My Lords, councils across the country are supporting communities, protecting the most vulnerable and helping the NHS in its efforts to combat Covid-19. We have made £3.7 billion in un-ring-fenced funding available to local authorities and have introduced a targeted income support package so that they can address pressures in response to the pandemic. In total, the Government have committed nearly £28 billion to local areas to support councils and their communities, alongside more than £5 billion of cash-flow support.
My Lords, I refer the House to my relevant registered interest as a vice-president of the Local Government Association. Using his experience as a former leader of a large London borough council, what words of advice is the Minister giving his right honourable friend Robert Jenrick to help the Secretary of State stand up for local government in his discussions with the Chancellor of the Exchequer?
My advice to the Secretary of State would be to focus on the three pillars of support that we need to give councils. We are covering demand pressures through the Covid-19 pandemic and we have announced an income support package. Councils are also facing irrecoverable tax losses, and the principle of sharing that between national and local government has been agreed, but not the precise proportions. I would therefore encourage my right honourable friend the Secretary of State to agree that with the Treasury as part of the spending review.
My Lords, further to the Question asked by the noble Lord, Lord Kennedy, on financial stability, local authorities borrow substantial sums of money from the market. While some local authorities have recently had their credit rating reduced, most have so far maintained high ratings, enabling them to borrow cheaply. Will my noble friend do all he can to take the necessary steps to ensure that this remains the case to avoid further pressures on local authority budgets?
My noble friend is right to say that the credit ratings of local authorities remain strong, and where there have been some downgrades, that happened before the pandemic. I have made an undertaking to see that local authorities continue to get access to funding. However, we should recognise that the main lender to them is the Public Works Loan Board, which is an agency of HM Treasury.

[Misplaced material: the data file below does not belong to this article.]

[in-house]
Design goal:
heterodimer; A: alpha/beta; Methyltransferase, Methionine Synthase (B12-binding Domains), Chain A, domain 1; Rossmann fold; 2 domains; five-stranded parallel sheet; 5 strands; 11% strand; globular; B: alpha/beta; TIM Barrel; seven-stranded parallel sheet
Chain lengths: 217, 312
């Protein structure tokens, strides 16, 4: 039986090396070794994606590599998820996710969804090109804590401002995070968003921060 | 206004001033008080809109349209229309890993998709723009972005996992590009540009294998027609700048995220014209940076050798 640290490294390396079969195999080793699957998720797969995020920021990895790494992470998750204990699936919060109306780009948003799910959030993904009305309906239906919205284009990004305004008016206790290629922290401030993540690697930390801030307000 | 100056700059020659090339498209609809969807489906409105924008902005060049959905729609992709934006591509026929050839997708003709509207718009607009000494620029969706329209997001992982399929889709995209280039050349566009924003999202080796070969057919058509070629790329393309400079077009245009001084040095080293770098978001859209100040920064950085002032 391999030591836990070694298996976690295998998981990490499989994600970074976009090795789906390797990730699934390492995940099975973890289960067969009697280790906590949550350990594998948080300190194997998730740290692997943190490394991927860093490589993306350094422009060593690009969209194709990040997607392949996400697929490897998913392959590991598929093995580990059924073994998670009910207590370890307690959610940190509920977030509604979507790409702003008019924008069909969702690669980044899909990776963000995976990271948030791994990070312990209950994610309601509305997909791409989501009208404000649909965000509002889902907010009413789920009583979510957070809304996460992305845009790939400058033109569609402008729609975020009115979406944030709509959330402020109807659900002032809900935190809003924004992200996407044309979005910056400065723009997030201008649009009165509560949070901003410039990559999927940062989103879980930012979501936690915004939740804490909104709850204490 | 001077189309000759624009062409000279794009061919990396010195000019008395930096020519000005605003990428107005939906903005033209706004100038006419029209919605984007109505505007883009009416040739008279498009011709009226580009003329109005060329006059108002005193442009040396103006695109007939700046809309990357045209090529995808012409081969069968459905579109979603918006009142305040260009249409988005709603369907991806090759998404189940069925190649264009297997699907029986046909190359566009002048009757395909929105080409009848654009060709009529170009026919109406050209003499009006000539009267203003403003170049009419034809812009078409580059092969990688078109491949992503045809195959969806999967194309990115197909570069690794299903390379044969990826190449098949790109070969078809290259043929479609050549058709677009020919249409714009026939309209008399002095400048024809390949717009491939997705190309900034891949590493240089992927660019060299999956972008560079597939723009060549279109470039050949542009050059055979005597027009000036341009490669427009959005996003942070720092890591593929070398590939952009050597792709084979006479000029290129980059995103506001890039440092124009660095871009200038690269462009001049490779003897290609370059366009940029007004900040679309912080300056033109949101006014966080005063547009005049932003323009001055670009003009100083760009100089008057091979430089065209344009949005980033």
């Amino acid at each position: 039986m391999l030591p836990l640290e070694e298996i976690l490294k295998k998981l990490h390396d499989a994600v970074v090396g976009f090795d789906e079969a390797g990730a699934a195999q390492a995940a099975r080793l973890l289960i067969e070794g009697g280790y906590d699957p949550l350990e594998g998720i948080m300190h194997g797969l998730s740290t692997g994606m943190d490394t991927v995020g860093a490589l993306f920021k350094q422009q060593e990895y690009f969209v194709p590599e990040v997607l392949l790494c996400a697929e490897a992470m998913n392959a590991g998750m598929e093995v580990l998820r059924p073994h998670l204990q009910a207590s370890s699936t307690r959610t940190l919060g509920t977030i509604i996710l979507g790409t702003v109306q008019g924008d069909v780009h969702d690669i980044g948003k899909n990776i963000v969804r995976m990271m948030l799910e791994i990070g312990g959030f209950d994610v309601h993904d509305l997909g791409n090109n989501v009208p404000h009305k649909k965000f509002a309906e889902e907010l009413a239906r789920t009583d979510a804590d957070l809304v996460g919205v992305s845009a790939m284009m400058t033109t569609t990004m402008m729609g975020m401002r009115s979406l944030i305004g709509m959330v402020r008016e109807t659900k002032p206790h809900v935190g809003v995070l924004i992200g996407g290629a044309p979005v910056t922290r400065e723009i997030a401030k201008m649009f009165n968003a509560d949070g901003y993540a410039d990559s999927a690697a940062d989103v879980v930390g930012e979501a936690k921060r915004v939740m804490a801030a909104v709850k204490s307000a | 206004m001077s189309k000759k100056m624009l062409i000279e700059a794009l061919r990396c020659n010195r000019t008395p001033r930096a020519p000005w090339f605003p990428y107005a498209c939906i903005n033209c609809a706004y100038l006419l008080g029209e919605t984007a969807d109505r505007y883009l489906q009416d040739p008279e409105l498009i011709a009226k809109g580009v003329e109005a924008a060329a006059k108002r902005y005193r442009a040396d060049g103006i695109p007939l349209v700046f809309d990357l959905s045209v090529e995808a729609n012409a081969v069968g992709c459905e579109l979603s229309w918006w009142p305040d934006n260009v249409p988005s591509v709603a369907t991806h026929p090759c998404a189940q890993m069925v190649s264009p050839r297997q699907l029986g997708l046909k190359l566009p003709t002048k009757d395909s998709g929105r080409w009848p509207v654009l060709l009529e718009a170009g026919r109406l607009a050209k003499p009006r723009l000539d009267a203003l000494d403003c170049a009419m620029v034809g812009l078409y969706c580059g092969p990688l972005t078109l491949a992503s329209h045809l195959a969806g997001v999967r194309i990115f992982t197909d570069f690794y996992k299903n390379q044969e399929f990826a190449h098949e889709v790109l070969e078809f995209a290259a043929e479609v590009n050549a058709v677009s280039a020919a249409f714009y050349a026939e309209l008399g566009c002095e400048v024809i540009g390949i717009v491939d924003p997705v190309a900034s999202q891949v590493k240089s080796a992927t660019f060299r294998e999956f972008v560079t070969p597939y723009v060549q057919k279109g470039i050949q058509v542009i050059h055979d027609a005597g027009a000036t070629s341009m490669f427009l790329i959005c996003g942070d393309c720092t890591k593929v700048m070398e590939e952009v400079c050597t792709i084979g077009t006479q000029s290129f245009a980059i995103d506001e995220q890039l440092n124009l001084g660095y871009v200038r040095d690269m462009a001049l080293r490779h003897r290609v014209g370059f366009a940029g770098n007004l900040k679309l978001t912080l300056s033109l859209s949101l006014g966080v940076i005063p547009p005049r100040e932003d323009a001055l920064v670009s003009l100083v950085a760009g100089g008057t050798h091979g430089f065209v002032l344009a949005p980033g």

Adult social care is a considerable part of local authority financing—approximately one-third for most councils. It is worth noting that around 40% of the funding provided so far to meet demand pressures has gone to adult social care, and as we have made the commitment to support those demand pressures through the pandemic, that continues to be a feature of the money that is being provided to local authorities. Whether further funding is required is being kept under review.
Is the Minister aware of the effect that local authority funding problems have had on the voluntary and charitable organisations which provide many services to individuals and communities? They have lost both grant funding from and contracts with local authorities and many are now under threat of closure. How do the Government intend to ensure that these vital services are safeguarded? I declare an interest as president of the NCVO.
The commitment to the local voluntary sector has been covered by the large grant that has been made available by the DCMS. We recognise the important part that local government plays in providing funding to the third sector. That will continue to be made possible because of the support that we are providing both in income support and to meet demand pressures. The third pillar, which is the loss in tax revenue, has been covered in part as well.
First, I thank the Minister personally for the support that has been given to Greater Manchester during the pandemic. The 10,000 laptops and devices that have been distributed across the region will make a real difference to disadvantaged children who need this help in these difficult times. However, the broader issue of local government funding needs to be addressed. Will the Minister commit today to do all he can to ensure that the Greater Manchester deficit, which is running at £378 million and growing, will be clawed back?